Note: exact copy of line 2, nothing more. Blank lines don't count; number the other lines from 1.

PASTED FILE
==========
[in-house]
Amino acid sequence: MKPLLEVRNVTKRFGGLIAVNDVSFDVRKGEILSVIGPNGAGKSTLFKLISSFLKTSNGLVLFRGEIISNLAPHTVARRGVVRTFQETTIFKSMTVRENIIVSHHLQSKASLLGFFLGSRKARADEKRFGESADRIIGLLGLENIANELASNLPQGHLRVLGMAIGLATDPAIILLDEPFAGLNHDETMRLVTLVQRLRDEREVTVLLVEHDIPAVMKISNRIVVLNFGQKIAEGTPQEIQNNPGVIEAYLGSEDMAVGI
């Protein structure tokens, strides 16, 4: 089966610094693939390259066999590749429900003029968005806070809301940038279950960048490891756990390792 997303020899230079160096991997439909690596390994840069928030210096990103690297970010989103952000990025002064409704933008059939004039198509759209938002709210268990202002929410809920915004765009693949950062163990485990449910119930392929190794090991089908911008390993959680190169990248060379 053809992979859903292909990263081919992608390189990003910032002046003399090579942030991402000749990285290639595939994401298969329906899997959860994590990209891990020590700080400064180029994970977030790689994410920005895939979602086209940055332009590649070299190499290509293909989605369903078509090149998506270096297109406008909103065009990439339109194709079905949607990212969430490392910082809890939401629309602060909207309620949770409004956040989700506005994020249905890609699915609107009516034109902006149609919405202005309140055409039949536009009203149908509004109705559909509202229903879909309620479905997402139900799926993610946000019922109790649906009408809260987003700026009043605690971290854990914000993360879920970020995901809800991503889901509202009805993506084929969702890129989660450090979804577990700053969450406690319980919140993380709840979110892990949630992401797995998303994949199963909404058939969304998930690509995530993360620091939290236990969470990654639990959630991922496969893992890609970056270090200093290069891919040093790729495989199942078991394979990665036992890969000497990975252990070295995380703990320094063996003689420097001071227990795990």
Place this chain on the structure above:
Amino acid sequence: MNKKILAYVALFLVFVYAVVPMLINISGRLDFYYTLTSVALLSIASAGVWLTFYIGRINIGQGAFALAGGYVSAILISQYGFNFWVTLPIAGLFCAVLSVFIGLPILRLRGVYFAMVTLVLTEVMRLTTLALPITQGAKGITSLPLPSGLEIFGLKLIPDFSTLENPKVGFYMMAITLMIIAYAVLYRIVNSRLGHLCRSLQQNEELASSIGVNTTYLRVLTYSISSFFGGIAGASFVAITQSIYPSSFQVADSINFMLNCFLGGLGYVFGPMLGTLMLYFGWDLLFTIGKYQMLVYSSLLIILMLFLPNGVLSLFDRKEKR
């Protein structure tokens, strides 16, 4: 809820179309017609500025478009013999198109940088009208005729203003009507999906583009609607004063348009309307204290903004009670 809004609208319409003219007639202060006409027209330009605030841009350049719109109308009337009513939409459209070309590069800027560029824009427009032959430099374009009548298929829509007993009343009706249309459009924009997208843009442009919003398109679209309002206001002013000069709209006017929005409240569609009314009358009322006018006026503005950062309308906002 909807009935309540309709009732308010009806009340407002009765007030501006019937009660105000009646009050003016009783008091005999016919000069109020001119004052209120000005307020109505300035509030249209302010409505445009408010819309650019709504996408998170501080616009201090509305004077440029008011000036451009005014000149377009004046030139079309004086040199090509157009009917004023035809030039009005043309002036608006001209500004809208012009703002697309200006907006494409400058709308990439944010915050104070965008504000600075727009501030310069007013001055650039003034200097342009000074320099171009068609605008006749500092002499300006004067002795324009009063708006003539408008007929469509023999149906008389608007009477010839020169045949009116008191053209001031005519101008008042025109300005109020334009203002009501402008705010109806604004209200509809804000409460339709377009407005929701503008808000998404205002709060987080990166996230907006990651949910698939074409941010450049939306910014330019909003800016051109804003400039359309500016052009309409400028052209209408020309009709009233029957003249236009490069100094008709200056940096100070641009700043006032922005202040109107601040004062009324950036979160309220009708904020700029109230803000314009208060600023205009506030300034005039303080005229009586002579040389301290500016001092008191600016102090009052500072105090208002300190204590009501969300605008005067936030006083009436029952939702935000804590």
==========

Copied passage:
Amino acid sequence: MKPLLEVRNVTKRFGGLIAVNDVSFDVRKGEILSVIGPNGAGKSTLFKLISSFLKTSNGLVLFRGEIISNLAPHTVARRGVVRTFQETTIFKSMTVRENIIVSHHLQSKASLLGFFLGSRKARADEKRFGESADRIIGLLGLENIANELASNLPQGHLRVLGMAIGLATDPAIILLDEPFAGLNHDETMRLVTLVQRLRDEREVTVLLVEHDIPAVMKISNRIVVLNFGQKIAEGTPQEIQNNPGVIEAYLGSEDMAVGI